"She told me she can live on $8,000 a year, so she can do anything

she wants," says Paxton. "That’s freedom."

Few of his clients can make that claim. One of Paxton’s clients, for

instance, is a lawyer. His firm follows a pattern common in the

profession.

Associates have to work monster hours to stay on staff, and have to

work herculean hours to make partner. "He hates the

profession,"

Paxton says of this particular over-worked attorney. "He wants

to get out."

The guy has a problem that is far more difficult than that faced by

a downsized executive drifting to earth on a golden parachute, or

even on a sturdy nylon parachute. "He has to carve out time to

make a change," says Paxton. This is a crucial element in moving

from one profession to another. "If you’re working 60 or 70 hours

a week, you can’t make a transition," says Paxton. There is no

time for the spade work, the client wooing. And there is no energy.

Paxton did work with the attorney on cutting back his hours, and they

have shrunken a little, but not much. "When he cuts back, people

notice," says Paxton.

Making the transition even more challenging is the young attorney’s

family situation. He has small children, so there are lots of bills

to be paid, and lots of bedtime stories to be read.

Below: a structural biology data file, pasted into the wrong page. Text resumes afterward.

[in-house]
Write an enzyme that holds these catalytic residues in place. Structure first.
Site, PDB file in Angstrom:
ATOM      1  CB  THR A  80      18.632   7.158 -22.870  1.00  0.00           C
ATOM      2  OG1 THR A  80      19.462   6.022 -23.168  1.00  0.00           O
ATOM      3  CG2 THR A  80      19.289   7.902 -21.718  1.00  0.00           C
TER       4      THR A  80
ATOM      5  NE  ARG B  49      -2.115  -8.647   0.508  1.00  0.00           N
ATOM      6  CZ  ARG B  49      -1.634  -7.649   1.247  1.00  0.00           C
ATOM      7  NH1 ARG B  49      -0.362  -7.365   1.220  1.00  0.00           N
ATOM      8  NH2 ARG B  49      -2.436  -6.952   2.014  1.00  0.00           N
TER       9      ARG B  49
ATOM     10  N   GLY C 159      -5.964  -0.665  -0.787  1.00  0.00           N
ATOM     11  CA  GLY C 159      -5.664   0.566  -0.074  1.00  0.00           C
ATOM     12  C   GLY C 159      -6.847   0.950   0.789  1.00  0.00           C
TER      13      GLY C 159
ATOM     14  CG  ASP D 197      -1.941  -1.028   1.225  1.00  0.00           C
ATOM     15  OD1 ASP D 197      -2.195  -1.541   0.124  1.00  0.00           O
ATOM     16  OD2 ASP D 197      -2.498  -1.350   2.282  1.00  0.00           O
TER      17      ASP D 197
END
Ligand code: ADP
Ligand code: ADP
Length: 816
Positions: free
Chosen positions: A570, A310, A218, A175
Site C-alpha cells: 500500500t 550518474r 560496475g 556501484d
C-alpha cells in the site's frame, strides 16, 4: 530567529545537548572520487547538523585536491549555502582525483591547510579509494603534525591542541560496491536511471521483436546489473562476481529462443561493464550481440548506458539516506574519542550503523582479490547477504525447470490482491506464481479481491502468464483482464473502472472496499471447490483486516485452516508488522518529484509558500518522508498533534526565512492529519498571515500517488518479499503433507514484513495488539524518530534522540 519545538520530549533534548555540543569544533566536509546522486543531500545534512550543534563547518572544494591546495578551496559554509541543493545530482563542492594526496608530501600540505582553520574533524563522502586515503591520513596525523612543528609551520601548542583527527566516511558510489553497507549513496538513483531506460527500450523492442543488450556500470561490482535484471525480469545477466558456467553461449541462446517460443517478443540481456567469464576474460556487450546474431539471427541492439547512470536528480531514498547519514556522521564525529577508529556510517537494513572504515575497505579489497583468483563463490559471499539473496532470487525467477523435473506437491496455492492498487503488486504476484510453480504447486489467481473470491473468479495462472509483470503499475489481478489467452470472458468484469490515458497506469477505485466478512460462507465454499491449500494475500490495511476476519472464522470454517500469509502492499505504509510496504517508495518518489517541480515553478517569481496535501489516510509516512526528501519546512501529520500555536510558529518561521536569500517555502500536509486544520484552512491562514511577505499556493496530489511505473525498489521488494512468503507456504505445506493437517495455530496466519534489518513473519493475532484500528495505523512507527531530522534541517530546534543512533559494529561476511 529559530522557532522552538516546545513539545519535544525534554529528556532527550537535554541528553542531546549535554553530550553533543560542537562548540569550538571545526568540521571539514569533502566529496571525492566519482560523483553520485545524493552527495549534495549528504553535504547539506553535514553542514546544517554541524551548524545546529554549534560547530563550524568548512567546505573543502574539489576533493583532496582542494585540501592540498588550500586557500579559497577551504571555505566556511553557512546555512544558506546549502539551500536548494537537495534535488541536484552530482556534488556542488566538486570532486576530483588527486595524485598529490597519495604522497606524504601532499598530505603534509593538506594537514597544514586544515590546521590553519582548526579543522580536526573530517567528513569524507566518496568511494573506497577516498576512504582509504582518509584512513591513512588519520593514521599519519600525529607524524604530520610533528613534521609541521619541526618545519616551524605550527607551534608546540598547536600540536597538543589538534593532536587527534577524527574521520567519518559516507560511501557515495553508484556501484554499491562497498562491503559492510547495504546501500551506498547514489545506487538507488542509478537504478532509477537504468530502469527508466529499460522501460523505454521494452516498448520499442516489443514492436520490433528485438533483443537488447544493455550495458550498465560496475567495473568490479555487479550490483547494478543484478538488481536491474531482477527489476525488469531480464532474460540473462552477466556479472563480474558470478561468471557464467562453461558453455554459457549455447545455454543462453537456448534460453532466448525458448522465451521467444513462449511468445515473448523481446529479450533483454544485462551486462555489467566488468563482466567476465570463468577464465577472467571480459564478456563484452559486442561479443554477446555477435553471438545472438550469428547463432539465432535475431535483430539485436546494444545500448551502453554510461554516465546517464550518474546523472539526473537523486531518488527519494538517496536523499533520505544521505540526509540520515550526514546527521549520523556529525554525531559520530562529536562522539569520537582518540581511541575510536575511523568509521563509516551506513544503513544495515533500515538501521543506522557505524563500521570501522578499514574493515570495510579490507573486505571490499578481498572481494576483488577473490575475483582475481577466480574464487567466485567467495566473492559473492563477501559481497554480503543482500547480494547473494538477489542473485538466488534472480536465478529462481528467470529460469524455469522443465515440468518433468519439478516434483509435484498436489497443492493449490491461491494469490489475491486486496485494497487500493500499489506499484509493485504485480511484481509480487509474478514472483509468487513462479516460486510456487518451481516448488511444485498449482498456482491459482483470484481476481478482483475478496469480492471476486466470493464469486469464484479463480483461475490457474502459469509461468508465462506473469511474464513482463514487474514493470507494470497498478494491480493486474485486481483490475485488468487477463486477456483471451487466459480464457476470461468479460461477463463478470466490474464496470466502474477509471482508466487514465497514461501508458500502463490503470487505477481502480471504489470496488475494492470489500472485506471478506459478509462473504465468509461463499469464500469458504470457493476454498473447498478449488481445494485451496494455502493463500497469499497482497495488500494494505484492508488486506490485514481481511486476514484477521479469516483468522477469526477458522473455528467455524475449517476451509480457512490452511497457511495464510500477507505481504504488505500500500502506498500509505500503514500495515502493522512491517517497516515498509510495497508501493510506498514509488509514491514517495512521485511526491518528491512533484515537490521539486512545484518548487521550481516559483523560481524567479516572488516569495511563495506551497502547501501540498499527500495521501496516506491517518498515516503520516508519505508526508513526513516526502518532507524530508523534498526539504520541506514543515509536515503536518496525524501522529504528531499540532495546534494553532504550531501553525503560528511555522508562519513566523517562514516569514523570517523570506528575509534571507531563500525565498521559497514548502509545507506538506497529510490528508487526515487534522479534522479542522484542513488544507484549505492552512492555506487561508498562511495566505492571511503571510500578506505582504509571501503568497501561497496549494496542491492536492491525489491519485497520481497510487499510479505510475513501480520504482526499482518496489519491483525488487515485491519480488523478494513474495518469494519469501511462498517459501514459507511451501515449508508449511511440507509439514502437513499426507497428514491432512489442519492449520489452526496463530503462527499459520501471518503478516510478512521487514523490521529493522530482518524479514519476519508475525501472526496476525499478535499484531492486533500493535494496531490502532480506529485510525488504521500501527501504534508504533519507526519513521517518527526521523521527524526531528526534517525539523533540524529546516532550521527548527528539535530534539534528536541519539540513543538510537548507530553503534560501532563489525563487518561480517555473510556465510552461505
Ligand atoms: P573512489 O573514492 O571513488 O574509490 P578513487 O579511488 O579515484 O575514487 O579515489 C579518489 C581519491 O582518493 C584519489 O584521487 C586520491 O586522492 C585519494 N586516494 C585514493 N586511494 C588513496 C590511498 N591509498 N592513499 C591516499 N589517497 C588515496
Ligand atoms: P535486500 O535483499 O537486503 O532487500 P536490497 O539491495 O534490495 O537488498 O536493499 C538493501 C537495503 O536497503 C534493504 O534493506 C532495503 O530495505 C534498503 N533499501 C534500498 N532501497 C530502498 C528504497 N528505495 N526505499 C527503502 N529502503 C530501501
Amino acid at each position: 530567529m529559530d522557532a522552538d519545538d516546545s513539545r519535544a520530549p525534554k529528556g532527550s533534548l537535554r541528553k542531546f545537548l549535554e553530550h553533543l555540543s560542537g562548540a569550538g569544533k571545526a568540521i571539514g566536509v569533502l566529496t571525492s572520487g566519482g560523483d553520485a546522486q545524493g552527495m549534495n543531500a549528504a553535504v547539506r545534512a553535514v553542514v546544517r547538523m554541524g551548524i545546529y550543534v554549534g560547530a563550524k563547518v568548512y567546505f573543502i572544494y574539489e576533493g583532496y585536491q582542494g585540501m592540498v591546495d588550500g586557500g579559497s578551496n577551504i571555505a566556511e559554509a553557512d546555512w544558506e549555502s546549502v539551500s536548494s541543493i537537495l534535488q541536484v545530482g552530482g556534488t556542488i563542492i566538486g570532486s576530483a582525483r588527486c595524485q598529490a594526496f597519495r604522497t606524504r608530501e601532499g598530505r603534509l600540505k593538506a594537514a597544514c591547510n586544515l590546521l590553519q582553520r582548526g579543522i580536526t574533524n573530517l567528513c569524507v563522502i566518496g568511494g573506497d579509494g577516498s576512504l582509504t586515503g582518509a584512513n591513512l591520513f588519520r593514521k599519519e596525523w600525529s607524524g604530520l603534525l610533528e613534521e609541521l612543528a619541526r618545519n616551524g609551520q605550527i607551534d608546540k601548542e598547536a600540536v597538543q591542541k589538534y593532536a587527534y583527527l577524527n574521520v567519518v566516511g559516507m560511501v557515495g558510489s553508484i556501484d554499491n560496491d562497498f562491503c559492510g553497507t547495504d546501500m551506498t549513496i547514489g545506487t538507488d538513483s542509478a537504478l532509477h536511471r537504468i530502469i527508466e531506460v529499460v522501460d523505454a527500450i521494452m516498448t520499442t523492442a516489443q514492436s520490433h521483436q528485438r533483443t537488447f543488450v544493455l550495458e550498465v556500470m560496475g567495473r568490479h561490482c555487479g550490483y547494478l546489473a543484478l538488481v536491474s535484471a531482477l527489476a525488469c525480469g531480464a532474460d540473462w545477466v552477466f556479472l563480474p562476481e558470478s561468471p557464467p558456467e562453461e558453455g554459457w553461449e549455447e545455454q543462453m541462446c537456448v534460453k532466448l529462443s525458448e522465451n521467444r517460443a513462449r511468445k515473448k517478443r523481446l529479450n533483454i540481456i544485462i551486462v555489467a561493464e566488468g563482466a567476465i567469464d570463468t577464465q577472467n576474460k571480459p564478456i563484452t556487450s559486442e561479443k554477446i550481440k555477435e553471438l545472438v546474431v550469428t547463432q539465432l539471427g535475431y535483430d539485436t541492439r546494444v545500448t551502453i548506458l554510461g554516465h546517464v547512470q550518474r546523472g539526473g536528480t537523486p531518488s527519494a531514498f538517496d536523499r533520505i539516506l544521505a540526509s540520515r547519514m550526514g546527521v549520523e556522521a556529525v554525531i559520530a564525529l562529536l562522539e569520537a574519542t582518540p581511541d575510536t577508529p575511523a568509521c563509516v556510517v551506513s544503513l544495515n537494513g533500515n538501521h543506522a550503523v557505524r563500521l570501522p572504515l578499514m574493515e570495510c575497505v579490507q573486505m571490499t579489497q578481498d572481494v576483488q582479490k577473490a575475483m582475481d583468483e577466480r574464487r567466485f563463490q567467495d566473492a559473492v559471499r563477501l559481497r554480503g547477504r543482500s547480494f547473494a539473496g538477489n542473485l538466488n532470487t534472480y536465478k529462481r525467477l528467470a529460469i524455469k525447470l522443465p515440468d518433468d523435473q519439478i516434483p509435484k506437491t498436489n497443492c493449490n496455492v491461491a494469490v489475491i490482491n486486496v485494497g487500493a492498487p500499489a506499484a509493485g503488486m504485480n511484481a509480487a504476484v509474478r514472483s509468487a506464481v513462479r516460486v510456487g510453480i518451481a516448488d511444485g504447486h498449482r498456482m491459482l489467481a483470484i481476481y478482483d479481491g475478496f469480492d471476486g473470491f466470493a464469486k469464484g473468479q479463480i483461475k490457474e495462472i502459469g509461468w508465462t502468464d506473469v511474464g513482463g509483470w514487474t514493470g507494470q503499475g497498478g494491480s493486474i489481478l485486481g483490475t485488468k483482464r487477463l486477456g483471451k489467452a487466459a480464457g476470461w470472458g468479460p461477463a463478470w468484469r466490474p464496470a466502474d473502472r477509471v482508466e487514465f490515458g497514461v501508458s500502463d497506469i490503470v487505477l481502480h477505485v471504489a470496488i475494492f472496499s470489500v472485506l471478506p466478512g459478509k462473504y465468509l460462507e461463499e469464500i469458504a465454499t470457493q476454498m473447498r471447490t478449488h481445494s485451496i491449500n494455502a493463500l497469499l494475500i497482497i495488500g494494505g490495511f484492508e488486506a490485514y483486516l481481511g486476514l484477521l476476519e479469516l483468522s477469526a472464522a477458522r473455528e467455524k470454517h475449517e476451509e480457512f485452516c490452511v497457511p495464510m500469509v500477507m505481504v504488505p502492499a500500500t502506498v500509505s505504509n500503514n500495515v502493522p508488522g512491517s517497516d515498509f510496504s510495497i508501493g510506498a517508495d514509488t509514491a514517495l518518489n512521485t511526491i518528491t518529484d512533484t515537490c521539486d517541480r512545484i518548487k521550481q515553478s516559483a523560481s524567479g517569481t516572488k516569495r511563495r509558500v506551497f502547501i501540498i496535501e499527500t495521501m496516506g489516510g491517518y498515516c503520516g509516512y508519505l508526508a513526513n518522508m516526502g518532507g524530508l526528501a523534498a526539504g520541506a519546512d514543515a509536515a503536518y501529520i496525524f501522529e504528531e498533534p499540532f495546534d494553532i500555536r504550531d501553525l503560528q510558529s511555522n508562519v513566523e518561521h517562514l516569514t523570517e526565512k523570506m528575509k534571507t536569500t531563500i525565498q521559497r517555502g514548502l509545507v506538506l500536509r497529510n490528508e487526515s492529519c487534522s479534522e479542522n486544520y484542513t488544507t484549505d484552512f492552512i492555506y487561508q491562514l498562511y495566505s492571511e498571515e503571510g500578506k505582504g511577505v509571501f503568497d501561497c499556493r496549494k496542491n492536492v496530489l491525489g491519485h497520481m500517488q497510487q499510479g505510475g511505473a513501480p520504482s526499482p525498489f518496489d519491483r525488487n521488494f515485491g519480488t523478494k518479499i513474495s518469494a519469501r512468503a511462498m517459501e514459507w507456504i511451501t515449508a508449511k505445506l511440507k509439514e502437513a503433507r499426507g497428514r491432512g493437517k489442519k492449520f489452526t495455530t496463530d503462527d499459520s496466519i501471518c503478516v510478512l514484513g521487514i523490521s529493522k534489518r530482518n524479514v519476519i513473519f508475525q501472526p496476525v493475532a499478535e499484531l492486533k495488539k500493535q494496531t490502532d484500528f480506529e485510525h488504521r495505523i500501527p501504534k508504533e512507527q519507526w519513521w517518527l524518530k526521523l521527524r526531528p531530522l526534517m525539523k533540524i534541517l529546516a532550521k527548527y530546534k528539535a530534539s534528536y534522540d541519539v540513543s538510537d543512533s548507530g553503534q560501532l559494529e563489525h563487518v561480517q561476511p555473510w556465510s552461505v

Still, there is hope. Paxton is working with the lawyer on building

up financial reserves. They have discussed the possibility that he

work as a contract lawyer or a teacher, and he is looking for clients.

Paxton brings him along when he gives speeches, giving the lawyer

an opportunity to network. Given enough time, the lawyer may escape

his big-law-firm trap, but it isn’t going to be easy.

"He is putting himself out there very gently," says Paxton.

"If people at his firm find out, he’ll be fired."

Paxton is happier than he has ever been. His wife is still working

as a guidance counselor, but when she retires, he is thinking of

taking

his business on the road. Retirement isn’t in his future, he enjoys

his work too much. But he plans to blend that work with travel by

moving his business into a motorhome. "They even have satellite

dishes now that you can put on top of a motorhome," he says.

"You

can get the Internet even while you’re driving.<17